Austrian ruler Maria Theresa a formidable and hugely influential figure
If you watched the recently concluded PBS first season of Marie Antoinette, you’ll have noticed the vivid character portrayal of her mother. Although only occasionally on screen, Maria Theresa – the Austrian ruler of much of Central Europe – was a formidable and hugely influential figure. In modern parlance, she was one tough cookie.
Born in 1717 Vienna, Maria Theresa was the second child and eldest daughter of the Habsburg emperor, Austria’s Charles VI. Strictly speaking, she was an accidental heir; Charles’ only male issue had died before his first birthday. So when the male Habsburg line expired with Charles’ death in 1740, the dynasty became the House of Habsburg-Lorraine, Maria Theresa having married Francis, Duke of Lorraine, in 1736.
Charles had been very keen on the idea of maintaining the succession within the family, but he didn’t do much to prepare his daughter for taking the reins of power. Perhaps he assumed that being female, she’d focus on having children and leave the actual business of government to her husband. If so, he was very wrong.
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Maria Theresa certainly had children – 16 of them – but she also insisted on personally exercising power. She, not Francis, would call the shots. Like her contemporary Catherine the Great of Russia, she wasn’t interested in being merely a figurehead.
However, the throne Maria Theresa inherited wasn’t in the best of shape. The army was significantly under strength and the treasury was virtually bare. In the predatory world of Central Europe, the Austrian empire was thus a tempting target. And within a couple of months of Maria Theresa’s 1740 accession, Frederick II of Prussia moved to snatch the Austrian-ruled province of Silesia.
It wasn’t a matter of Prussia having any particular dynastic claim. It was just that the Habsburg possessions were deemed vulnerable, Silesia was prosperous, and Frederick wanted it. Historian Martyn Rady neatly encapsulates the prevailing dynamic, noting that “whereas in Western Europe, empires were built overseas, in Central Europe empires swallowed up the region, leading to a contest for hegemony fought out between the Austrian Habsburgs, Russia, and Prussia.”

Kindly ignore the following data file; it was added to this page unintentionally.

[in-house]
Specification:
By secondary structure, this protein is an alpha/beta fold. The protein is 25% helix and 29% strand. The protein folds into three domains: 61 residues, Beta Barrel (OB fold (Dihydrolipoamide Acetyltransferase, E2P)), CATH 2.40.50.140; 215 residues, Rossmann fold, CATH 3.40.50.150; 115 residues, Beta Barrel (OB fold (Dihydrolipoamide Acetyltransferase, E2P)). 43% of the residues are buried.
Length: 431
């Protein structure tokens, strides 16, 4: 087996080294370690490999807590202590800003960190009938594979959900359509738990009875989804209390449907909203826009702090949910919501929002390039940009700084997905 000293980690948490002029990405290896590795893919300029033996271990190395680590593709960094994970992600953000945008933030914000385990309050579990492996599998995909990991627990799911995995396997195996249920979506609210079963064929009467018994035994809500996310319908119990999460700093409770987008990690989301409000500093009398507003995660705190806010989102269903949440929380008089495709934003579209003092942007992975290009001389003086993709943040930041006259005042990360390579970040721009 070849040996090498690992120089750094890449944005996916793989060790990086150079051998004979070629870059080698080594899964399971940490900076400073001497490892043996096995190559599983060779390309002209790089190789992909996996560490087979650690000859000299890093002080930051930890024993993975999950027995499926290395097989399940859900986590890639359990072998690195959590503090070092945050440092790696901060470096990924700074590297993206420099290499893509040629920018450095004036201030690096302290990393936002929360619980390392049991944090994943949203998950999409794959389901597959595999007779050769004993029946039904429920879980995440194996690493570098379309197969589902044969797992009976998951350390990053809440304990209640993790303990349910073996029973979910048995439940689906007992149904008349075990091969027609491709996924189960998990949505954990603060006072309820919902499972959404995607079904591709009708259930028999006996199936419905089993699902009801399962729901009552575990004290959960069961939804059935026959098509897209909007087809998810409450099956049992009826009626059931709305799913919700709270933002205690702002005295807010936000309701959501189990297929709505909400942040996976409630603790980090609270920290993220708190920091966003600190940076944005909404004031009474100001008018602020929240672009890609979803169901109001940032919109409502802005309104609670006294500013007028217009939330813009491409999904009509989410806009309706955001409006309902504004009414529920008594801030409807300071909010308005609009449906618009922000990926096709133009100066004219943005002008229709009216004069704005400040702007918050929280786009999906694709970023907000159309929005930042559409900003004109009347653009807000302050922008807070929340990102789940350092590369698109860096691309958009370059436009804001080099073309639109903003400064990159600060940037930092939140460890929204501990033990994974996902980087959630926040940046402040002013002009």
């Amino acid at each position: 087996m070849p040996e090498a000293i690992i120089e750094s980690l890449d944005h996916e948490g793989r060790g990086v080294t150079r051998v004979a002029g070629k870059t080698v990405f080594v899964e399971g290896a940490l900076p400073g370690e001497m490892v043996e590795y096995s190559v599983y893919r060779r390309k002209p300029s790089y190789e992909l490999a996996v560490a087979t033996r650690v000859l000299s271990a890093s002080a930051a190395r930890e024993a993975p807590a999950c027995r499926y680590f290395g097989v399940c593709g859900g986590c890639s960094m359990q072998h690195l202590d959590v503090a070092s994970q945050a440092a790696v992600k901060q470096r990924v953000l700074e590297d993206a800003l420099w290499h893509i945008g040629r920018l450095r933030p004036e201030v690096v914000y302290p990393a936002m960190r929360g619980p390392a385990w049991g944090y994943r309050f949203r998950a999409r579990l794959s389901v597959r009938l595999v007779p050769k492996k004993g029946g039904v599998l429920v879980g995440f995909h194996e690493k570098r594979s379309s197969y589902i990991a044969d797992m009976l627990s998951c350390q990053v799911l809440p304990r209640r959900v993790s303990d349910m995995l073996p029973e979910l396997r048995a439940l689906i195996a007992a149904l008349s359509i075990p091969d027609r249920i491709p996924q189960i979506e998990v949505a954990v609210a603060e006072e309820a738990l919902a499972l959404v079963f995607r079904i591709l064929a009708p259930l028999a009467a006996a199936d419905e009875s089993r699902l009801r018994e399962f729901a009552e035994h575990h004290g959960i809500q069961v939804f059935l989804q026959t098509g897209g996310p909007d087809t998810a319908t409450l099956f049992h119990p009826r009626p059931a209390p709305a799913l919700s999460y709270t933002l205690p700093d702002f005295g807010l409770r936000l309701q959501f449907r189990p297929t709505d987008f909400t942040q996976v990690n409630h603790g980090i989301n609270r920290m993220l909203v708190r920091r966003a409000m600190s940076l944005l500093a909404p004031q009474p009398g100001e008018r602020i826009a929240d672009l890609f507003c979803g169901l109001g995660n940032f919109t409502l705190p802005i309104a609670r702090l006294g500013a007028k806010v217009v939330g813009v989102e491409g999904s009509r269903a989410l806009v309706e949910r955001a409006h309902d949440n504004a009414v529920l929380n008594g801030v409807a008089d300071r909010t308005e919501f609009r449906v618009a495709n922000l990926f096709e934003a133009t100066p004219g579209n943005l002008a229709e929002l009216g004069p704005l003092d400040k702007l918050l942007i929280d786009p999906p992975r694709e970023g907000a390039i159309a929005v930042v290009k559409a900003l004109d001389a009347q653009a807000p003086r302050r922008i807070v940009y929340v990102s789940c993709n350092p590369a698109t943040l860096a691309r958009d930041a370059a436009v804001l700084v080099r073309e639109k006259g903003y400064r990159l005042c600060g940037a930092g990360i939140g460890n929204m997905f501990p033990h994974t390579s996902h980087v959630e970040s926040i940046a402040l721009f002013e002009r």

And despite starting off on the back foot, Maria Theresa became as adept a predator as the rest. In the summer of 1772, she struck a deal with Catherine and Frederick to divvy up “more than a quarter of Poland and Lithuania’s territory and a third of its population.” Constrained only by the resources at her disposal, she played the game with enthusiastic vigour.
The Enlightenment is the name given to the 17th and 18th-century intellectual and philosophical movement that emphasized reason, the pursuit of knowledge and the questioning of the hitherto unquestionable. It manifested itself differently in different places.
Rady again: “In Britain and North America, the Enlightenment tended towards the extension of popular sovereignty, curbs on government, and the enlargement of individual liberty and of the rights of the citizen. In Central Europe, the Enlightenment tended towards the reverse – towards regulation and the subjection of the individual to the common good, as the ruler understood it to be.”
Maria Theresa was very much of the Central European mind in this regard. Modernization wasn’t a problem for her. Quite the contrary. But she wanted it approached in a way that would uphold, not subvert, the traditions and precepts she strongly believed in.
The entity she chose to emulate was the one she most feared – Prussia. As early as the 1740s, she began centralizing government along Prussian administrative lines. And there were changes to military recruitment, census enumeration and such. The modern bureaucracy was being born.
And when it came to religion, Maria Theresa took her Catholicism very seriously. There was nothing ecumenical about her perspective.
She shared the prevailing European antipathy towards Jews, even exiling them from Prague in 1745 and Vienna in 1775. Protestants, on the other hand, were apostates from the “true faith” and should be rescued by conversion. There was, for instance, an initiative to separate Protestant children from their parents “in order to save their souls.”
Marie Antoinette – Maria Theresa’s 15th child – was married off to the heir to the French throne in 1770. Being born into the royal family gave you privilege and material comfort. But it also made you an instrument of the state, susceptible to being deployed as alliance-building material in an arranged marriage to someone you’d never met.
Only 14 at the time, Marie Antoinette was in way over her head, which she subsequently lost to the guillotine in 1793. By then, though, her mother was long dead.
Troy Media columnist Pat Murphy casts a history buff’s eye at the goings-on in our world. Never cynical – well, perhaps a little bit.
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